“I probably spend two-thirds of my time on pro-bono activity, I probably spend the biggest single chunk of my time on the Middle East peace process which I do unpaid,” he said, adding that he raises money for his foundation to fight poverty Africa and his India-based interfaith foundation. “I left office [in 2007] with two people and a mobile phone, I’ve now got about 150 people working for me. So if what I was interested in doing was making money I could make a lot more and have a very gentle and easy life. When you talk about a jet set life, it means I spend a lot of time in jets, which is true” he said.
He rejected claims that he had benefited from a deal to establish a second mobile telephone network in the Palestinian Authority, whose operator borrowed $2 billion from the merchant bank JP Morgan, which employs Mr Blair as an adviser, or from a $6 billion gas project in Gaza, where the operator British Gas is also linked to the bank.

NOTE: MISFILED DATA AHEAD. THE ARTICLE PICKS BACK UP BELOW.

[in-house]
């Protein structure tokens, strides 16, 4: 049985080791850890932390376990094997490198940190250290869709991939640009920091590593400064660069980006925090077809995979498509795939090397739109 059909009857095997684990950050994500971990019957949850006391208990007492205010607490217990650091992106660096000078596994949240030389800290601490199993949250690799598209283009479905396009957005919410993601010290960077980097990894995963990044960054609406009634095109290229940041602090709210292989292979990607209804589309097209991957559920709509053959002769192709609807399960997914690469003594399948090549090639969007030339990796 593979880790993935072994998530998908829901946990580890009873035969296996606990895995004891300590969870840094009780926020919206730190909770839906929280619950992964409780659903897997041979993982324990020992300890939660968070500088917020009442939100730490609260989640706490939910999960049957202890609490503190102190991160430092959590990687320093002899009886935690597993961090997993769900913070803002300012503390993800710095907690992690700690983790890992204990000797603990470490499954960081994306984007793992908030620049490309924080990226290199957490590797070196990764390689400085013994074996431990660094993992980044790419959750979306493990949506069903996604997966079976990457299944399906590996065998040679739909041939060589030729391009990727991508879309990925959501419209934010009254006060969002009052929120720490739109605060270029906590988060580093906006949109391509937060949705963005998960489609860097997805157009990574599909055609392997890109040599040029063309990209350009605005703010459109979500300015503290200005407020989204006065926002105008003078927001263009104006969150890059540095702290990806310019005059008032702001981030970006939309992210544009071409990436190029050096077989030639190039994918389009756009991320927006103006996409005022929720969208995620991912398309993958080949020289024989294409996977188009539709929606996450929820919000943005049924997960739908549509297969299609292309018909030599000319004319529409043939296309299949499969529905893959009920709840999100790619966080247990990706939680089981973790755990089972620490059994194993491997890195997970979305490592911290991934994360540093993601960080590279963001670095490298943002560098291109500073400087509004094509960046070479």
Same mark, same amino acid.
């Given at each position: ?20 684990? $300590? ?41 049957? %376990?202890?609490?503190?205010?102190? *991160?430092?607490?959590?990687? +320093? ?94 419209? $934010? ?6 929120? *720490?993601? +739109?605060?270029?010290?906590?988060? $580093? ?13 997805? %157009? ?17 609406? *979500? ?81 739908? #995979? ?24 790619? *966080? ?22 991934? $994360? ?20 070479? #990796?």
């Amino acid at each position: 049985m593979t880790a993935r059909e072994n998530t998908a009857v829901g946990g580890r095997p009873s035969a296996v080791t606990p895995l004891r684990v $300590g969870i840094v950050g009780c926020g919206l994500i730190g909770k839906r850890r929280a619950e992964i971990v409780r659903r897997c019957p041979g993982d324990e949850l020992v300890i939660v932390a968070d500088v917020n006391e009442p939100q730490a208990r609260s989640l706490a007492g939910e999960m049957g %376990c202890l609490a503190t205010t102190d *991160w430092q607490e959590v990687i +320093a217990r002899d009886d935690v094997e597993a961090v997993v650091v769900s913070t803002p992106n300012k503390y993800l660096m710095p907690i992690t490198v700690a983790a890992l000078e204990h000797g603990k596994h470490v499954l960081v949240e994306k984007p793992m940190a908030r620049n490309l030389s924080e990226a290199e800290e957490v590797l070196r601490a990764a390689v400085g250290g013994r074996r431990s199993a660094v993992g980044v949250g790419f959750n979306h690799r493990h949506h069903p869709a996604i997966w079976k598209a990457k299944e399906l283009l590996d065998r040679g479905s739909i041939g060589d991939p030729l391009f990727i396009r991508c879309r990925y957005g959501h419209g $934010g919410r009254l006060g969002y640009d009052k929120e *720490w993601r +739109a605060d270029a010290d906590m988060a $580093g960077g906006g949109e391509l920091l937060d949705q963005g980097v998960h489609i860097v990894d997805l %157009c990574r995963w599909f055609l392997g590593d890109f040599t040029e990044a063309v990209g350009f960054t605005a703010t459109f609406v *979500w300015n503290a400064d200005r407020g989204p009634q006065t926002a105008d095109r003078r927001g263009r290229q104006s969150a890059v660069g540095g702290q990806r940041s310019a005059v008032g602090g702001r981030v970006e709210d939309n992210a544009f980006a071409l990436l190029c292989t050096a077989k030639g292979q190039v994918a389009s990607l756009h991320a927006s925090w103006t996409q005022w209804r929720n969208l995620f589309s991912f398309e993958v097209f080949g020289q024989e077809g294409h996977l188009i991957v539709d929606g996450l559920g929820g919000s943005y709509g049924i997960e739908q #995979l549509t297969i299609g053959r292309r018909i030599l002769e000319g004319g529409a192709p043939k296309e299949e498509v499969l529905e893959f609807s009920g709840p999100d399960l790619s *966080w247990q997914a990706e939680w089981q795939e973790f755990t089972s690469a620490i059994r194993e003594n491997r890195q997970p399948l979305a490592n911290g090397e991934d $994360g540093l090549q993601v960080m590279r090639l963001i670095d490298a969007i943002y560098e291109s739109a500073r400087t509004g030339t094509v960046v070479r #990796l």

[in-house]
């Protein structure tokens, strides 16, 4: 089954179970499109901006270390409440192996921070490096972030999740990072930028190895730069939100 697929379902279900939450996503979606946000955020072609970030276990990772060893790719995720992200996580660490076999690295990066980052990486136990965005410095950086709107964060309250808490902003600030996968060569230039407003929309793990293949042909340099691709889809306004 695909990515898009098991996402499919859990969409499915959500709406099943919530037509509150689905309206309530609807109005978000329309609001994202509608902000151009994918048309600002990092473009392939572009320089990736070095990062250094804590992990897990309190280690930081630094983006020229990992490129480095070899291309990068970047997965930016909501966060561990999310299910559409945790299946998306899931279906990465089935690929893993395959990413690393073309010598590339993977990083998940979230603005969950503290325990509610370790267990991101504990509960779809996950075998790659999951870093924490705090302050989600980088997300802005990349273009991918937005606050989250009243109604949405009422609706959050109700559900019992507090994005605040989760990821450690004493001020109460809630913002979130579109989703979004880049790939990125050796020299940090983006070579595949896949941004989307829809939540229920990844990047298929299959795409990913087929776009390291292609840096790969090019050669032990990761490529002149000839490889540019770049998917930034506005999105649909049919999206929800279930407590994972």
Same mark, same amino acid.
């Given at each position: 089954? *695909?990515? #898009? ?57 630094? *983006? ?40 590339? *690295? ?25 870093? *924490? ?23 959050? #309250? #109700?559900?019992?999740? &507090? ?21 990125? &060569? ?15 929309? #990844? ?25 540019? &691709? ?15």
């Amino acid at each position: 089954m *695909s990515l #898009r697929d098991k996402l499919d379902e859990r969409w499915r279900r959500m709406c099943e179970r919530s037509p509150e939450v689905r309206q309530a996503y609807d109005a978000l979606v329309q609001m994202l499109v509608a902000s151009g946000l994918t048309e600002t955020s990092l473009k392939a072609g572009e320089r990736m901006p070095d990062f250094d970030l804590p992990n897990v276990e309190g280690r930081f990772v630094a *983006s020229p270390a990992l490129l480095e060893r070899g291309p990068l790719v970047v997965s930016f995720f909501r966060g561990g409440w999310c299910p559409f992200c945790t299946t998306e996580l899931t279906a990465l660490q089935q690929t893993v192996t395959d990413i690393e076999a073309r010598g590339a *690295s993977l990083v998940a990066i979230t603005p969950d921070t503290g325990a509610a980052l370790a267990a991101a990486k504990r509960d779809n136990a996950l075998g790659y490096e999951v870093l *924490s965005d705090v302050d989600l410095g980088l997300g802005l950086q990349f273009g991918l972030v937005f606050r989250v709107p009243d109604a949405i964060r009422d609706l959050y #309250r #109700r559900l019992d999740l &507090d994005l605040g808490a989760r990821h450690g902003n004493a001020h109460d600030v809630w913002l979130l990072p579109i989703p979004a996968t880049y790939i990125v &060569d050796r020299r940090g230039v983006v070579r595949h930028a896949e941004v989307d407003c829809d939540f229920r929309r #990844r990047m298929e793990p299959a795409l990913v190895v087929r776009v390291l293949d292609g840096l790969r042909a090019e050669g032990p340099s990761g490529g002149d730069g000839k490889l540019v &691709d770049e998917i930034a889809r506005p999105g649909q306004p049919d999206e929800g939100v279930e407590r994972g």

“This is absolutely untrue ….[the Palestinians] had one mobile telephone company and were desperate to introduce competition which would give them hundreds of millions of dollars in revenue, it was the single biggest foreign direct investment in Palestine. I made absolutely no gain out of it at all. It was a long-standing commitment of the international community,” he said. He dismissed claims of a conflict of interest in promoting a Gaza gas project because the operator British Gas is also a client of JP Morgan as “tenuous.”
He defended his contacts with Colonel Gaddafi and said he had played a key role in persuading the former dictator to embrace the West.